LeadingAge staff and many of our members are back to work this week after an inspiring—if not tiring—LeadingAge Annual Meeting in New Orleans. Our time together was filled with learning about the issues and trends in our field that impact our daily lives, exchanging ideas, and sharing a lot of laughs as we connected with friends both old and new. This week is often our week to catch up as we tackle the work that we put aside as we prepared for the meeting. This year, we don’t have that luxury.

On Thursday of last week, the House introduced H.R.1—or the Tax Cuts and Jobs Act—intended to “reduce tax rates and modify policies, credits, and deductions for individuals and businesses.” However, the impact on the residents and clients you serve has the potential to devastate older adults and their families, many of whom have higher than average medical costs and/or live in affordable housing.

LeadingAge opposes any tax legislation that eliminates the medical expense deduction and private bond funding, changes charitable deductions, or eliminates tax exemptions for the development and preservation of affordable housing.

Those who are older will find the bill’s elimination of the medical deduction a bitter pill to swallow. For them, it was the one deduction that could offset taxes on their investments, pension income, and social security checks. Their taxes will rise and their lifestyle choices will shrink.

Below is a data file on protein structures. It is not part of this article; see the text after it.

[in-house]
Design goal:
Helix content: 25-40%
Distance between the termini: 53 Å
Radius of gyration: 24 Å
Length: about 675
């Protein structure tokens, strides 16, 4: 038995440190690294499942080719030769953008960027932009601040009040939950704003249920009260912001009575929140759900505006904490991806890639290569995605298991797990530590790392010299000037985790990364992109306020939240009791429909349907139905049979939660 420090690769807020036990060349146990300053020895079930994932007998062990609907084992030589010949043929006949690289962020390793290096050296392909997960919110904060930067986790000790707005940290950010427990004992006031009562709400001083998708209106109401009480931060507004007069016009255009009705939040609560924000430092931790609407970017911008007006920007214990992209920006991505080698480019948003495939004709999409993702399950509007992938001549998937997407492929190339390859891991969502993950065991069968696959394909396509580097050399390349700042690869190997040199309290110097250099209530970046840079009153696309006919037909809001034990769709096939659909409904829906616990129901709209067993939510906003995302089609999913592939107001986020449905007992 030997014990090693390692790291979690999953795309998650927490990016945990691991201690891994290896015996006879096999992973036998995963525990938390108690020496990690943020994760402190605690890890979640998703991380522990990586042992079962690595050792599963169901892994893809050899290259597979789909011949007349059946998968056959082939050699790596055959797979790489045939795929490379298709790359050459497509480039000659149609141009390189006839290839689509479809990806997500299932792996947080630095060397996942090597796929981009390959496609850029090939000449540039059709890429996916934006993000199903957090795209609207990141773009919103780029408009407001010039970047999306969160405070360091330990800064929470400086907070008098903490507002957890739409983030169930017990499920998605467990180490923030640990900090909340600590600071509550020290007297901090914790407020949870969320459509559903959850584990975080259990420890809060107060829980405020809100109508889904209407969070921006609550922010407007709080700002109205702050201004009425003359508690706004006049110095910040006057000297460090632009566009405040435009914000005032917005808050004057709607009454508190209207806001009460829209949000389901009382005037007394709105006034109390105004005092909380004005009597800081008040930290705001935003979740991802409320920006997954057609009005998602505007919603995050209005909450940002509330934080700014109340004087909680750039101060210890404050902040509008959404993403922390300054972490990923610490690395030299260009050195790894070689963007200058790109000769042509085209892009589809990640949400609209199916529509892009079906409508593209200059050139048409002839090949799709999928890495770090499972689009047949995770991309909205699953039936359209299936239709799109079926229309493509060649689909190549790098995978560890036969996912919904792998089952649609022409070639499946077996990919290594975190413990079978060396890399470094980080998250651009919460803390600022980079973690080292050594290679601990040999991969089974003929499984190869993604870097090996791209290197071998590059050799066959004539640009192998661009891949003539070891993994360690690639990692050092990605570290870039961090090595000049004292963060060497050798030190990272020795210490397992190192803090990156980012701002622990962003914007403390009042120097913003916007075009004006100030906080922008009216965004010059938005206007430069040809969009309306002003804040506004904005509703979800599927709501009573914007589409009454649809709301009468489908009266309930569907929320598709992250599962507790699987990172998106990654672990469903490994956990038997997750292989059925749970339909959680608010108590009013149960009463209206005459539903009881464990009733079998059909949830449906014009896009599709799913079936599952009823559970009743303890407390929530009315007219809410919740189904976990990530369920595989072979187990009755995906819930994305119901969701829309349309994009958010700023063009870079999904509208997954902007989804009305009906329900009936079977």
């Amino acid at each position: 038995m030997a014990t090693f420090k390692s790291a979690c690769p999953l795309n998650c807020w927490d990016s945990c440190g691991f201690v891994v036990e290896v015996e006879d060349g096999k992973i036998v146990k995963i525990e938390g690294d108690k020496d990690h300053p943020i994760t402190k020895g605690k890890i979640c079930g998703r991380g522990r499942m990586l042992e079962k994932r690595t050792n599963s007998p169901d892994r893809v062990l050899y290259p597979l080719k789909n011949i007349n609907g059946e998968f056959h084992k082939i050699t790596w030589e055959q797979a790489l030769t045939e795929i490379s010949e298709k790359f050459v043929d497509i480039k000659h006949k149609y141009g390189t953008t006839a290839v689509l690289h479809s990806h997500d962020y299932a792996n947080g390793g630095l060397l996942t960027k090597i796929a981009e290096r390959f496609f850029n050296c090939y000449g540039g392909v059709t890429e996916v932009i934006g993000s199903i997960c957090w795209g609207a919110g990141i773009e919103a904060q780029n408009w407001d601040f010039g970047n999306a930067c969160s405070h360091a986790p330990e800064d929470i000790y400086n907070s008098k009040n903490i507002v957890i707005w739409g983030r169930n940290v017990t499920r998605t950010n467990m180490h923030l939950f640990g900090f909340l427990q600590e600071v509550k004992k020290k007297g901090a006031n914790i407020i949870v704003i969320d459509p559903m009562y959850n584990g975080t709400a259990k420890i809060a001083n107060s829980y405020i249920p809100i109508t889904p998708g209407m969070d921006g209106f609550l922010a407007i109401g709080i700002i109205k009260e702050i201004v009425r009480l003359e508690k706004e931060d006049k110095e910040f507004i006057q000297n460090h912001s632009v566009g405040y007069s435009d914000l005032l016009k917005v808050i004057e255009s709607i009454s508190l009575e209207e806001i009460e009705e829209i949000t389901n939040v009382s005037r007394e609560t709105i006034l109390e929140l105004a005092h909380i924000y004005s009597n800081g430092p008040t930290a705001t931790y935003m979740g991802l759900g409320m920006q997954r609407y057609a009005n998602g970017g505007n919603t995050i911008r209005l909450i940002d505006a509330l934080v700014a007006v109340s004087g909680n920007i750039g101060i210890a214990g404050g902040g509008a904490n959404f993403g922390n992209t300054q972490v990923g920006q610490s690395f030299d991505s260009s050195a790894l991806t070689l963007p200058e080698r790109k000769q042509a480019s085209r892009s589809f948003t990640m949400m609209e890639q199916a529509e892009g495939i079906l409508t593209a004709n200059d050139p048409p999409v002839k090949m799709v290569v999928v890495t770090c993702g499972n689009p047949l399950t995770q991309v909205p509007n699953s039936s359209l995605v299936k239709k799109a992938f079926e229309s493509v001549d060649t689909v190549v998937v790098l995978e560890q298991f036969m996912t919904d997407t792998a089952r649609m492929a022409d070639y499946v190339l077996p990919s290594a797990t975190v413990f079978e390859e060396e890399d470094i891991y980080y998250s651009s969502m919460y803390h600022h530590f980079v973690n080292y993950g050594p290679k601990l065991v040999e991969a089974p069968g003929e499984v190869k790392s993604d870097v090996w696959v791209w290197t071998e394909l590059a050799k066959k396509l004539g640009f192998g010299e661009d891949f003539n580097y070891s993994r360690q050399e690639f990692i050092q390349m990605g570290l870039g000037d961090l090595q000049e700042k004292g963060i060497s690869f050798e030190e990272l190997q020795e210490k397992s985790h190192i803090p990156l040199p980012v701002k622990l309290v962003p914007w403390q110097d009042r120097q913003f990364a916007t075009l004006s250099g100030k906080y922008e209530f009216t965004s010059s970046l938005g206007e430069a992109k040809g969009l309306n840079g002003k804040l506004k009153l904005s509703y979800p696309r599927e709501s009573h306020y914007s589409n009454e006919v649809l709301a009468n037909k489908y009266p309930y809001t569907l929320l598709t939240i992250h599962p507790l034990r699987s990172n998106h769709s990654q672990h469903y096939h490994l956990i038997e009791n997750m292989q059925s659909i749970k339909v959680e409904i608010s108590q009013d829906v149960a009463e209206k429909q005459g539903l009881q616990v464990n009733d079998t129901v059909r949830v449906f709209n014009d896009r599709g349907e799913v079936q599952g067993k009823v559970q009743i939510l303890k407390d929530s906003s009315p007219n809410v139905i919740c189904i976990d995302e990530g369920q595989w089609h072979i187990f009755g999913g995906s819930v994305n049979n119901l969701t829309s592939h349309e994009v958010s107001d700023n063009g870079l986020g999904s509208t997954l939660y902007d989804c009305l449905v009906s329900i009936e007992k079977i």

We also oppose the elimination of private bond funding both because it impacts the development of low-income housing as well as effectively eliminates 501(c)(3) organizations from developing or renovating life plan communities/CCRCs.

Most of our members rely on charitable donations to bridge the gap between Medicaid reimbursements and the actual cost of care. Any changes to that tax deduction, indirectly accomplished by the bill’s increase of standard deductions, will widen the gap. Many of our communities, particularly in rural areas, will face the harsh choice of curtailing services or closing.

Repealing tax incentives to facilitate the production of affordable housing means, as the bill does by eliminating the tax exemption for multifamily housing bonds and ending 4% housing credits, a longer wait for our frailest, poorest, and oldest Americans. But the ripple effect of that one change could make affordable housing unaffordable not only for the greatest generation but for the wave of baby boomers.

America’s families will be shocked by the changes in the tax code.

We need your help.

Call your lawmakers TODAY. Tell them to protect the medical expense deduction and tax-exempt financing for all older adults and the place they call home.

Tell lawmakers that protecting these tax provisions is the right thing to do.